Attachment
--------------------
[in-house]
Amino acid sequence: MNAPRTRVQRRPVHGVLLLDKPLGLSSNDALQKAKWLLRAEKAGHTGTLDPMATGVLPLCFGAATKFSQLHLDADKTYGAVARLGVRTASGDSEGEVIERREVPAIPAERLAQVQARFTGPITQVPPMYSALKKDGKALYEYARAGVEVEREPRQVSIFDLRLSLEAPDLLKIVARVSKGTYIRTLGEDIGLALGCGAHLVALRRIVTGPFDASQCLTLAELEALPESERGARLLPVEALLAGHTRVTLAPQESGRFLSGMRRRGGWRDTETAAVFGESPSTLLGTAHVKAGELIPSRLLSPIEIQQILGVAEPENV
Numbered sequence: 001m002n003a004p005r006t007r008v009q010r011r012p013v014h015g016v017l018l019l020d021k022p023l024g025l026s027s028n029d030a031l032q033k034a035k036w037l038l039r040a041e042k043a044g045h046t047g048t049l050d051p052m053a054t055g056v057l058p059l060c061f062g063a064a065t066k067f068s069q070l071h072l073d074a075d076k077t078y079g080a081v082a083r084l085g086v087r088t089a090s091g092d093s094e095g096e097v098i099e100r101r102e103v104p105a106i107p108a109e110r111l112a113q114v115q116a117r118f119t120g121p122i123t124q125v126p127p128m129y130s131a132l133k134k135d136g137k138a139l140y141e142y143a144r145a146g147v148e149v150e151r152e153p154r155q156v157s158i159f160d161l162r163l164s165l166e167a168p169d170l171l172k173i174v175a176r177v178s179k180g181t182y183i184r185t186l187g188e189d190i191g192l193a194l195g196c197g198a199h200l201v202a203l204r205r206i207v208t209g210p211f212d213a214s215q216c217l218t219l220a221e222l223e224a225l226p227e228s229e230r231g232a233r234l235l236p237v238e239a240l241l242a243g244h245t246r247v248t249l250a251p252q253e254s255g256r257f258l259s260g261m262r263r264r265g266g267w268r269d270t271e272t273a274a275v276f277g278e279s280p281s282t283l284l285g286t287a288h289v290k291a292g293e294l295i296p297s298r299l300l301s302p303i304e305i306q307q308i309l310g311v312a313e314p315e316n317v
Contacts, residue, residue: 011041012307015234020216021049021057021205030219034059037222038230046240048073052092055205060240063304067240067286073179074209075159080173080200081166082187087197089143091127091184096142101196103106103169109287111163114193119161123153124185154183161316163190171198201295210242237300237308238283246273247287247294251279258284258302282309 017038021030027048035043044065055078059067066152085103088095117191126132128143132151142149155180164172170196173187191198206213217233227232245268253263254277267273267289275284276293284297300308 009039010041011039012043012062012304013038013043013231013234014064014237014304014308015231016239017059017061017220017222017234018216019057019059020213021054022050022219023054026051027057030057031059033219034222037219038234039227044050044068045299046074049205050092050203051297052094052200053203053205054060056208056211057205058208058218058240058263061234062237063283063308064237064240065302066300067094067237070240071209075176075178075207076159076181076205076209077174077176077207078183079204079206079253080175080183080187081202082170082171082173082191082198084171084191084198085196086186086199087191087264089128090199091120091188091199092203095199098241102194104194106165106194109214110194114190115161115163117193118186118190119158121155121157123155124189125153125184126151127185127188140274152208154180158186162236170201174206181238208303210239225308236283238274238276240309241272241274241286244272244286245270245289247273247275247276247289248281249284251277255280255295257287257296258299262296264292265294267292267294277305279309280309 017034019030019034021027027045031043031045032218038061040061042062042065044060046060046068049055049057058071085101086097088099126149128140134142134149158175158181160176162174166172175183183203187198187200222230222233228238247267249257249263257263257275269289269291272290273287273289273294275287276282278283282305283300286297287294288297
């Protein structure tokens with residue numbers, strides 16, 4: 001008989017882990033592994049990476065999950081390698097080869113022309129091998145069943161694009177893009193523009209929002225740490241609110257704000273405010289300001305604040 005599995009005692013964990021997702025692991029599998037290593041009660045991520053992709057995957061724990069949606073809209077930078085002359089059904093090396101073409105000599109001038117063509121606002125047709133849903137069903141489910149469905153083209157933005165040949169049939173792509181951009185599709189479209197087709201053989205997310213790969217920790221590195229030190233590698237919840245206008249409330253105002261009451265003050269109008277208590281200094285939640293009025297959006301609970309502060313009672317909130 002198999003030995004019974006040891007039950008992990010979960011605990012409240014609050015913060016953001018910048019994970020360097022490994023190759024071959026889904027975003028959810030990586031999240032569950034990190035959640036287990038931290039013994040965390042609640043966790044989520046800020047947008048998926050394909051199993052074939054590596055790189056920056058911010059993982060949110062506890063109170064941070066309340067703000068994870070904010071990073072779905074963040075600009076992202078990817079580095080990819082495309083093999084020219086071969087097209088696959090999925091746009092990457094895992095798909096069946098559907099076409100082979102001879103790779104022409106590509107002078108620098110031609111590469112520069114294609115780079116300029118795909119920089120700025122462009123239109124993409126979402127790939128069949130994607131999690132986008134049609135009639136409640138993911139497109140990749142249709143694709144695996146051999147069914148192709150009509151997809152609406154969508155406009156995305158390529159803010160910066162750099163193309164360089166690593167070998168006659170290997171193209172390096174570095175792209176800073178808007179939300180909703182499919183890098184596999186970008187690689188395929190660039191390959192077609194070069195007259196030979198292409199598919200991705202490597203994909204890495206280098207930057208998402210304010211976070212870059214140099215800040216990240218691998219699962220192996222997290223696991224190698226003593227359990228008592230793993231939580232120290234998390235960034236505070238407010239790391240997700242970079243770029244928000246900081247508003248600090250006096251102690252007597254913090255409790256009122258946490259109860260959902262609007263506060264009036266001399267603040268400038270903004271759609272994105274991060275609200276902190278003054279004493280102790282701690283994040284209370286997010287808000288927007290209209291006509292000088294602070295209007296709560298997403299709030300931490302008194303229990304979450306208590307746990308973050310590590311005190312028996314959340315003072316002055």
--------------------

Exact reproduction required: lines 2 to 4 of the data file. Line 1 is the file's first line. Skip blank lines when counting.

Amino acid sequence: MNAPRTRVQRRPVHGVLLLDKPLGLSSNDALQKAKWLLRAEKAGHTGTLDPMATGVLPLCFGAATKFSQLHLDADKTYGAVARLGVRTASGDSEGEVIERREVPAIPAERLAQVQARFTGPITQVPPMYSALKKDGKALYEYARAGVEVEREPRQVSIFDLRLSLEAPDLLKIVARVSKGTYIRTLGEDIGLALGCGAHLVALRRIVTGPFDASQCLTLAELEALPESERGARLLPVEALLAGHTRVTLAPQESGRFLSGMRRRGGWRDTETAAVFGESPSTLLGTAHVKAGELIPSRLLSPIEIQQILGVAEPENV
Numbered sequence: 001m002n003a004p005r006t007r008v009q010r011r012p013v014h015g016v017l018l019l020d021k022p023l024g025l026s027s028n029d030a031l032q033k034a035k036w037l038l039r040a041e042k043a044g045h046t047g048t049l050d051p052m053a054t055g056v057l058p059l060c061f062g063a064a065t066k067f068s069q070l071h072l073d074a075d076k077t078y079g080a081v082a083r084l085g086v087r088t089a090s091g092d093s094e095g096e097v098i099e100r101r102e103v104p105a106i107p108a109e110r111l112a113q114v115q116a117r118f119t120g121p122i123t124q125v126p127p128m129y130s131a132l133k134k135d136g137k138a139l140y141e142y143a144r145a146g147v148e149v150e151r152e153p154r155q156v157s158i159f160d161l162r163l164s165l166e167a168p169d170l171l172k173i174v175a176r177v178s179k180g181t182y183i184r185t186l187g188e189d190i191g192l193a194l195g196c197g198a199h200l201v202a203l204r205r206i207v208t209g210p211f212d213a214s215q216c217l218t219l220a221e222l223e224a225l226p227e228s229e230r231g232a233r234l235l236p237v238e239a240l241l242a243g244h245t246r247v248t249l250a251p252q253e254s255g256r257f258l259s260g261m262r263r264r265g266g267w268r269d270t271e272t273a274a275v276f277g278e279s280p281s282t283l284l285g286t287a288h289v290k291a292g293e294l295i296p297s298r299l300l301s302p303i304e305i306q307q308i309l310g311v312a313e314p315e316n317v
Contacts, residue, residue: 011041012307015234020216021049021057021205030219034059037222038230046240048073052092055205060240063304067240067286073179074209075159080173080200081166082187087197089143091127091184096142101196103106103169109287111163114193119161123153124185154183161316163190171198201295210242237300237308238283246273247287247294251279258284258302282309 017038021030027048035043044065055078059067066152085103088095117191126132128143132151142149155180164172170196173187191198206213217233227232245268253263254277267273267289275284276293284297300308 009039010041011039012043012062012304013038013043013231013234014064014237014304014308015231016239017059017061017220017222017234018216019057019059020213021054022050022219023054026051027057030057031059033219034222037219038234039227044050044068045299046074049205050092050203051297052094052200053203053205054060056208056211057205058208058218058240058263061234062237063283063308064237064240065302066300067094067237070240071209075176075178075207076159076181076205076209077174077176077207078183079204079206079253080175080183080187081202082170082171082173082191082198084171084191084198085196086186086199087191087264089128090199091120091188091199092203095199098241102194104194106165106194109214110194114190115161115163117193118186118190119158121155121157123155124189125153125184126151127185127188140274152208154180158186162236170201174206181238208303210239225308236283238274238276240309241272241274241286244272244286245270245289247273247275247276247289248281249284251277255280255295257287257296258299262296264292265294267292267294277305279309280309 017034019030019034021027027045031043031045032218038061040061042062042065044060046060046068049055049057058071085101086097088099126149128140134142134149158175158181160176162174166172175183183203187198187200222230222233228238247267249257249263257263257275269289269291272290273287273289273294275287276282278283282305283300286297287294288297